Is the Amazon smartphone an act of hubris devoid of any strategic win?
There was smoke and now we see the fire. This morning, photos emerged on BGR of a new Amazon smartphone. The Wall Street Journal had reported on Friday that Amazon would announce it in June and ship by September. This followed an analyst’s report in March that predicted the company would launch a phone within three-to-six months, with an initial assembly run of 300,000-600,000 units.
If the photos are to be believed, Amazon’s phone looks much like any other smartphone. It has a 4.7 inch screen, the same size as the rumored plans for the iPhone 6. Its most innovative element is its 3D interface, with four low-powered infrared cameras tracing the movement of your eye and constantly adjusting the display to alter perspective. It is an old-concept, worked into a new medium. Time called the idea “gimmicky.” We’ll have to wait a few more months to find out its true wow factor.
Taken alongside its recent Fire TV release, Amazon’s smartphone play rounds out the electronics ecosystem begun by the Kindle line.
It grounds Amazon’s feet squarely in the hardware space. But its an area where the company has yet to consistently prove itself. Its Kindle was an iconic success, the company’s iPhone moment, but it was first out into the e-reader market and had the luxury of defining the space. It has held up as a very popular, if not particularly world-beating technology. New splashes like the Kindle Fire, you could call a modest success at best. On Black Friday last year, the Kindle Fire took in just 2.4 percent of the market. The iPad - whose market share it was supposed to eat into directly - took in 88.3 percent. Amazon Fire TV has the set top box hype for now, but it is going to have super-sized competition from Google and Apple before the year is out, alongside Roku, the market leader by some estimates. These new releases find Amazon chasing, not leading, a position where it has had less success.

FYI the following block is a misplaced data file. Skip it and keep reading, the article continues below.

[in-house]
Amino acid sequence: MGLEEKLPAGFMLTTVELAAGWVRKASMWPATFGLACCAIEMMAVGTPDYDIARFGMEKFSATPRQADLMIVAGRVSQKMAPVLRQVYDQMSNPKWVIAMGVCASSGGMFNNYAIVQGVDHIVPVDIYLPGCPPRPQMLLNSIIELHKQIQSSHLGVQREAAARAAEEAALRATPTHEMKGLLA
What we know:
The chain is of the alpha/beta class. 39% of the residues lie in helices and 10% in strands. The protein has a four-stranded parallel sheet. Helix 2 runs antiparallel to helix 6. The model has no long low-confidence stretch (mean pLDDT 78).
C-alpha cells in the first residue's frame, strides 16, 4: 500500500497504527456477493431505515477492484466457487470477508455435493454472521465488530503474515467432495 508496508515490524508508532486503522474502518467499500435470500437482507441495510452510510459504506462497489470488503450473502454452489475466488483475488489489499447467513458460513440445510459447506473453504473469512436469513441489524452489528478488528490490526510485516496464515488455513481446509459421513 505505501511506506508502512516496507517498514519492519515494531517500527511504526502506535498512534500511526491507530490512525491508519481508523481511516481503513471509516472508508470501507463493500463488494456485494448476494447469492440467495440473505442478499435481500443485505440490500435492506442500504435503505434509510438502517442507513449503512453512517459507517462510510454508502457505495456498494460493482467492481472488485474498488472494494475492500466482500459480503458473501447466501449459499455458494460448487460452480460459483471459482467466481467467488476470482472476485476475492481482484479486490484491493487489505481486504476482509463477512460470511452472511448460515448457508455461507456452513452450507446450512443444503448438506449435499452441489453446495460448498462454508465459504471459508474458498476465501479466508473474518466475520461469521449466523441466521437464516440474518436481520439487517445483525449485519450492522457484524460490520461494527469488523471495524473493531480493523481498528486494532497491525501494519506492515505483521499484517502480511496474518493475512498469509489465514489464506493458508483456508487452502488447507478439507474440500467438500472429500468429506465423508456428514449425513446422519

Amazon doesn’t need to be good at hardware, anyway. Its strengths lie as a consumer retail and media company. The explosion in both the number of mobile devices and the time we spend on them is already a big win for them. As it grows its base as a site for streaming movies and its original content, it doesn’t need exclusive devices to run that through. I own an iPad but am an Amazon Prime Subscriber and have both the generic Amazon and Instant Video apps installed on it. Hulu has grown into a $1 billion a year business remaining device neutral. And anyway, only 23 percent of Netflix and 17 percent of Hulu subscribers stream content on a smartphone. There’s no huge platform gain for Amazon with the phone, as there was with the Kindle. The company is already everywhere on every device.
Jeff Bezos and Amazon’s strategic genius so far has been in entering Amazon into new consumer verticals, lowering its price and waiting out competitors. As a smartphone manufacturer coming up against Apple and Samsung, who between them have over two-thirds of the market sewn up, its strengths are comparatively meeker. Amazon is a giant of commerce, but as a device manufacturer, it is just one of the pack.
Amazon may see something in the market we don’t. Its apparent incorporation of 3D technology suggests that it thinks it can improve the experience. But just maybe, it has made a smartphone because it can. The walled garden it seems to aspire to, creating an Apple-like dominion of devices through which it can sell us things, limits the company. The power of Amazon’s innovation in changing how we shop comes in its pervasiveness.
[illustration by Brad Jonas for Pando]